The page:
Halloween is right around the corner, and at the National Archives we are well versed in the creepiest, weirdest records of the Federal government. Here’s our list of favorites that are sure to make you shudder with fear!
What’s more dangerous- a poison bottle equipped with spikes or the poison itself?:
Patent Drawing for T. Newman’s Poison Warning Bottle, 06/02/1908, NARA ID 7369165
In doubtful cases of actual death:
Drawing for a Life – Preserving Coffin, 11/15/1843 – 11/15/1843, NARA ID 595517
But if you are buried alive, you’ll want someone to find you, right?:
Patent Drawing for J. G. Krichbaum’s Device for Indicating Life in Buried Persons, 12/05/1882, NARA ID 6277693
A fire mask that looks like it will do more harm than help:
Patent Drawing for C. McIntosh’s Fire Mask, 05/01/1883, NARA ID 6277700
A rascal officer in front of a creepy house:
Photograph of John F. Kennedy as a “Keystone Kop”, ca. 1925, NARA ID 595979
Some spooky visitors in the Oval Office:
Halloween Visitors to the Oval Office. Caroline Kennedy, President Kennedy, John F. Kennedy, Jr. White House, Oval Office., 10/31/1963, NARA ID194260
Food safety is a big concern on Halloween. Let’s hope this doesn’t show up in a trick or treat bag:
Early ketchup was made from fermented skins and cores. These fermenting tomato leftovers could explode and burst their containers, so benzoate of soda was added a preservative.
However, the Pure Food and Drug Act of 1906, signed by President Theodore Roosevelt, meant that ketchup—and its rotting, explosive tomato ingredients—was now regulated. In the image above 1909, the company making “Squire Tomato Catsup” was prosecuted and fined $50 for making ketchup from “Decomposed Material.” See the Prologue Blog for the full story.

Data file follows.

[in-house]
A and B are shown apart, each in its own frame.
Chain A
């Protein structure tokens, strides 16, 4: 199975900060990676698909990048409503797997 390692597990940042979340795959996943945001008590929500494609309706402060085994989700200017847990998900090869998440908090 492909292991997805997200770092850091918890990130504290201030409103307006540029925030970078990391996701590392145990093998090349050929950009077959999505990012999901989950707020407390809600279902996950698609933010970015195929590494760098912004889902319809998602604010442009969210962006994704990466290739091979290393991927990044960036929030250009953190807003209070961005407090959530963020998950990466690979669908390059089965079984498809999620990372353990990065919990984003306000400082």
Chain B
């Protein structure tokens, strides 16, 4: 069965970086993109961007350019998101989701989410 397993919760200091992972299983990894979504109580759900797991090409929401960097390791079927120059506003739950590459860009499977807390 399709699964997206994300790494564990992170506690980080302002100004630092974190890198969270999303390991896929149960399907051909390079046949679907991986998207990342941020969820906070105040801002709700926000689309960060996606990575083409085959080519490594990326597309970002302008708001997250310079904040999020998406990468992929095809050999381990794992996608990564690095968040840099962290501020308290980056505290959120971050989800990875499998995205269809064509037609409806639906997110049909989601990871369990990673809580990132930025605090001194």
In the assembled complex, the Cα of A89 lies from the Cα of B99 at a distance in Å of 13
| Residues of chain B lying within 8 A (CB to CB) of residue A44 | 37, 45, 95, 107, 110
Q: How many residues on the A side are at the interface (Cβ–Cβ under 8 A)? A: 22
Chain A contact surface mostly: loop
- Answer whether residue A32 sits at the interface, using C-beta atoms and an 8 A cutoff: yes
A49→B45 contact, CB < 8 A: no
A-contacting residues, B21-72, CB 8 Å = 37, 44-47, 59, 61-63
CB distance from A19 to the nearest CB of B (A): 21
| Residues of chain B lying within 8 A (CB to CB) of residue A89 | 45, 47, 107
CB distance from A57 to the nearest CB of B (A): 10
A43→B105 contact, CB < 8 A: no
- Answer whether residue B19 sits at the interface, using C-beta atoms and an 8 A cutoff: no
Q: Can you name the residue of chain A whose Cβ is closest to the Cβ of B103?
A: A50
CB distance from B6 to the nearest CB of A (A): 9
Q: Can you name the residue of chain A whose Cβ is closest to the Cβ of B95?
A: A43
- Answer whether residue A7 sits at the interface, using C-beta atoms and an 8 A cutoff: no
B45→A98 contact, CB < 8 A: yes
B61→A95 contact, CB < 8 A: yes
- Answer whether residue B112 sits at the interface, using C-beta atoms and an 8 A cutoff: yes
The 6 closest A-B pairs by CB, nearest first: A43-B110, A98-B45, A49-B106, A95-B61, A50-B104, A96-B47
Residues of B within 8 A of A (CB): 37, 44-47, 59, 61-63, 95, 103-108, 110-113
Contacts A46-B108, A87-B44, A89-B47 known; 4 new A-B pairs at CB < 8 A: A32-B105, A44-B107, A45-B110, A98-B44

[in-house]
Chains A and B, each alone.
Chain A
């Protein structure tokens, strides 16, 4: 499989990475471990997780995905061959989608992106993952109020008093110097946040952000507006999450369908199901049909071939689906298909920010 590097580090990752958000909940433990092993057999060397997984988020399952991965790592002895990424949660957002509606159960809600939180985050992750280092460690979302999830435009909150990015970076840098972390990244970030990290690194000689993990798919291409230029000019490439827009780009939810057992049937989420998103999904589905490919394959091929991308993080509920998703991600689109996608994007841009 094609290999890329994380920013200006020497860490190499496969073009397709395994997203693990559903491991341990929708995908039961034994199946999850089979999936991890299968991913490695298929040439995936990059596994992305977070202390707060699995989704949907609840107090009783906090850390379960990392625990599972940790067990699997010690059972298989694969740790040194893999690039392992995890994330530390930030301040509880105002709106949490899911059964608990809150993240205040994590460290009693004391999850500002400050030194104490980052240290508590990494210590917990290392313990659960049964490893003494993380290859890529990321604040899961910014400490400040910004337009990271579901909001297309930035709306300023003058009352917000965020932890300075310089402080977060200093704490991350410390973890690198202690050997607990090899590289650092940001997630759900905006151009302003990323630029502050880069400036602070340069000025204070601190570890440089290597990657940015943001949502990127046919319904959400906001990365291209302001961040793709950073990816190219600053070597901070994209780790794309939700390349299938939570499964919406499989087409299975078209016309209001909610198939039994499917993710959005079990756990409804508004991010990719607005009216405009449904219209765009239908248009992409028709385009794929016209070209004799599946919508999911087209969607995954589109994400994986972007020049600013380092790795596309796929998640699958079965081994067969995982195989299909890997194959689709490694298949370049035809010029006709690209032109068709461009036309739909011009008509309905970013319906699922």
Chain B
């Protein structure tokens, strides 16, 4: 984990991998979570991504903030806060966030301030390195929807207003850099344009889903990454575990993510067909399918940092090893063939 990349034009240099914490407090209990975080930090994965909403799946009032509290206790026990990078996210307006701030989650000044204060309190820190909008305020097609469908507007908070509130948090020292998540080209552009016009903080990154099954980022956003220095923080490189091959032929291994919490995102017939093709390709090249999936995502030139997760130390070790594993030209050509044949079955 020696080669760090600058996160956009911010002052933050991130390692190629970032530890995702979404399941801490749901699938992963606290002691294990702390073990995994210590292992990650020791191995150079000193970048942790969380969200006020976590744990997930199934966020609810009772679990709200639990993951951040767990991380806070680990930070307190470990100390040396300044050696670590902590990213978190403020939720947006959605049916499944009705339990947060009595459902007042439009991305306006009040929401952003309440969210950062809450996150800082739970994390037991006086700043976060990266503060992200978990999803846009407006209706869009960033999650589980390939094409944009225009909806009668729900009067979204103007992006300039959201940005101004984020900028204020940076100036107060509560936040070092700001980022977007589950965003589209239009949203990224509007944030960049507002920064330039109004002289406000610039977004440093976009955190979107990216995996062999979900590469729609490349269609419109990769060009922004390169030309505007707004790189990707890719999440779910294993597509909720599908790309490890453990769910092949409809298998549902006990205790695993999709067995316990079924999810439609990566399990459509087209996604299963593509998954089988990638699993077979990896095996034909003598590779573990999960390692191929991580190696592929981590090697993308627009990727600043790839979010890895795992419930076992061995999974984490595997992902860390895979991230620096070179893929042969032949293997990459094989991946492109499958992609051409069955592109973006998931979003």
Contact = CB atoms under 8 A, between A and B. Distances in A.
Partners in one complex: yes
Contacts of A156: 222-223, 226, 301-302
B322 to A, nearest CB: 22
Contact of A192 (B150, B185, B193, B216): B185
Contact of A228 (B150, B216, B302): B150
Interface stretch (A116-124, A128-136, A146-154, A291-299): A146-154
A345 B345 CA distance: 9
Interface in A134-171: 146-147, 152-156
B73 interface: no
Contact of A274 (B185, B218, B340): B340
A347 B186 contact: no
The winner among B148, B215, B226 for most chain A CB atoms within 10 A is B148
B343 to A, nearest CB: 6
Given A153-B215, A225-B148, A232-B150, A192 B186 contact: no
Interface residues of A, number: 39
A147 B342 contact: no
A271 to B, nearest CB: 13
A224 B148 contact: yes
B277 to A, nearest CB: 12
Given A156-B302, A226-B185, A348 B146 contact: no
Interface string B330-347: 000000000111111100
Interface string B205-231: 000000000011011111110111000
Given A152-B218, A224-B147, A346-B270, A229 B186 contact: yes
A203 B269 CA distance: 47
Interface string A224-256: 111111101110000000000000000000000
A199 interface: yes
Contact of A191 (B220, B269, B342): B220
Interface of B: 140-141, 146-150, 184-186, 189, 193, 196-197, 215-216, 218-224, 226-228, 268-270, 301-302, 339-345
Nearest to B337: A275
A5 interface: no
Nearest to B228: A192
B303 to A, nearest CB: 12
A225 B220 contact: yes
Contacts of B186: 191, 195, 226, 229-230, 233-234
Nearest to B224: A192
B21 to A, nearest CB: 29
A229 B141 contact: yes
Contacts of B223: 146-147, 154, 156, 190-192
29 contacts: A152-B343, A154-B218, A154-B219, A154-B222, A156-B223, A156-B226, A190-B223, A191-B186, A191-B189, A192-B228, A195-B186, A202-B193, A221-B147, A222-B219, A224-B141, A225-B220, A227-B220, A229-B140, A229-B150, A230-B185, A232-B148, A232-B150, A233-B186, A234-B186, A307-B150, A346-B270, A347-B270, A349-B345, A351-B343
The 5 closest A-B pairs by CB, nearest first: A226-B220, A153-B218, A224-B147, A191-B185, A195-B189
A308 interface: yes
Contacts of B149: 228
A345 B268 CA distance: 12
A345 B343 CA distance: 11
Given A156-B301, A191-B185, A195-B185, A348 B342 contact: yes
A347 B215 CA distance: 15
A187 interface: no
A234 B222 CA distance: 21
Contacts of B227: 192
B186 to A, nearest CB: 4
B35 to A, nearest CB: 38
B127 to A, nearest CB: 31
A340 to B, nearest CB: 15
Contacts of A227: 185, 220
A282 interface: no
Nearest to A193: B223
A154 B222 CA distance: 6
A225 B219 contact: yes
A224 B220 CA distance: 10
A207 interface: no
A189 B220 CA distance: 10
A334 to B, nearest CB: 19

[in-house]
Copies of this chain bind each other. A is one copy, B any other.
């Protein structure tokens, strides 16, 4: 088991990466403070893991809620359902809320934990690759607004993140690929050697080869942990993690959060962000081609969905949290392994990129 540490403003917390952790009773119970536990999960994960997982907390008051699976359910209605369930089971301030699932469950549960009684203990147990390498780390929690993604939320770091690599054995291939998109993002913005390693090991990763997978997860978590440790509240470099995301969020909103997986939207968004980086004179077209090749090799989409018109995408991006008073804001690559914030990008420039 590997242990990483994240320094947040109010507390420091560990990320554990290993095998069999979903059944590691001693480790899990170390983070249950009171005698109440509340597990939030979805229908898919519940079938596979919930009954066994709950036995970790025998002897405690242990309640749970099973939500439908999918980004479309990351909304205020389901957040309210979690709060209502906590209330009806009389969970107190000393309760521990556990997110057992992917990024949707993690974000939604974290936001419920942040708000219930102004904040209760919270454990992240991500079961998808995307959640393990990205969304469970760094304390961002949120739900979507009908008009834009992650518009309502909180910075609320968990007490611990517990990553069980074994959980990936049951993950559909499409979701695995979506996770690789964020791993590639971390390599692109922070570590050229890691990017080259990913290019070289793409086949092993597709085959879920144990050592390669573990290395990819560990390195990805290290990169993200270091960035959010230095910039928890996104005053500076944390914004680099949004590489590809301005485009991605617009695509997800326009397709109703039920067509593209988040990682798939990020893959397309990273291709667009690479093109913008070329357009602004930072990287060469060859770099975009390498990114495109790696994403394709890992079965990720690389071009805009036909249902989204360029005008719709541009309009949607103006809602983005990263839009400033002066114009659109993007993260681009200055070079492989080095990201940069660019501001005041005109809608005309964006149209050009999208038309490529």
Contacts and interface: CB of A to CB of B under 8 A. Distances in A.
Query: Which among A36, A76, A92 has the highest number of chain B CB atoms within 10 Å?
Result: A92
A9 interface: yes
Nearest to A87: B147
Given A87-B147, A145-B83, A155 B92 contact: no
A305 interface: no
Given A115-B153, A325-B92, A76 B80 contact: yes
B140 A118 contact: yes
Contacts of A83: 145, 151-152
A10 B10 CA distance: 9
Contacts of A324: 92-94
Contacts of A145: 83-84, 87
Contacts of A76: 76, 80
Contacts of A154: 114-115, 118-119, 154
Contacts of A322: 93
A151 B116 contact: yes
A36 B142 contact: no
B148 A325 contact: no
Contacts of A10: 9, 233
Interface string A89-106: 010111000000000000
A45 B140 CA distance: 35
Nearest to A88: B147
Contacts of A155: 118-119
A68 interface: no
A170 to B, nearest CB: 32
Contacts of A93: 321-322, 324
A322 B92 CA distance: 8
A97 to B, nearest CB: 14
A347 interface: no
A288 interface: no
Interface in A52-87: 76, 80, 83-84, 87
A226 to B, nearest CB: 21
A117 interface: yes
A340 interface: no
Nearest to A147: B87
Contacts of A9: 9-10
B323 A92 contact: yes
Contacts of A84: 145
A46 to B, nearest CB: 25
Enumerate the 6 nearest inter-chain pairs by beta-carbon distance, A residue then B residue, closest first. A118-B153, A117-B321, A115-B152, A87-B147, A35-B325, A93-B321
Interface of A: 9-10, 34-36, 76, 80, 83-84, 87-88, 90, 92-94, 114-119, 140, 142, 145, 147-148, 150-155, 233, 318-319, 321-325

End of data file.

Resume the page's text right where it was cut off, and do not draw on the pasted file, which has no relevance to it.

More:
This kind of mystery meat is more trick than treat:
Postcards Regarding the Chicago Meatpacking Industry, 10/09/1907, NARA ID 2657925
This creeping doll is just creepy:
Drawing of Creeping Baby Doll, 03/14/1871 – 03/14/1871, NARA ID 595011
But not as creepy as this wall of “heads”:
Holyoke, Massachusetts – Paragon Rubber Co. and American Character Doll. Spraying face, hands, and arms (Jewish) A plus., 1936 – 1937, NARA ID 518351
A very scary rodent trap:
Drawing of an Animal Trap by J. A. Williams, 12/26/1882, NARA ID 6037260
Animals in the Archives make us squeamish, especially when they are a part of the record:
Letter from Charity Snider, with accompanying mole skin, from her Civil War Widow’s Pension Application File. The paper bears the discoloration from the unusual enclosure. See Prologue blog for the full story.
Many thanks to Today’s Document and the Prologue blog for their spooky contributions. What is the creepiest, most skin crawling record you’ve found at the National Archives? Let us know, and have a very spooky Halloween!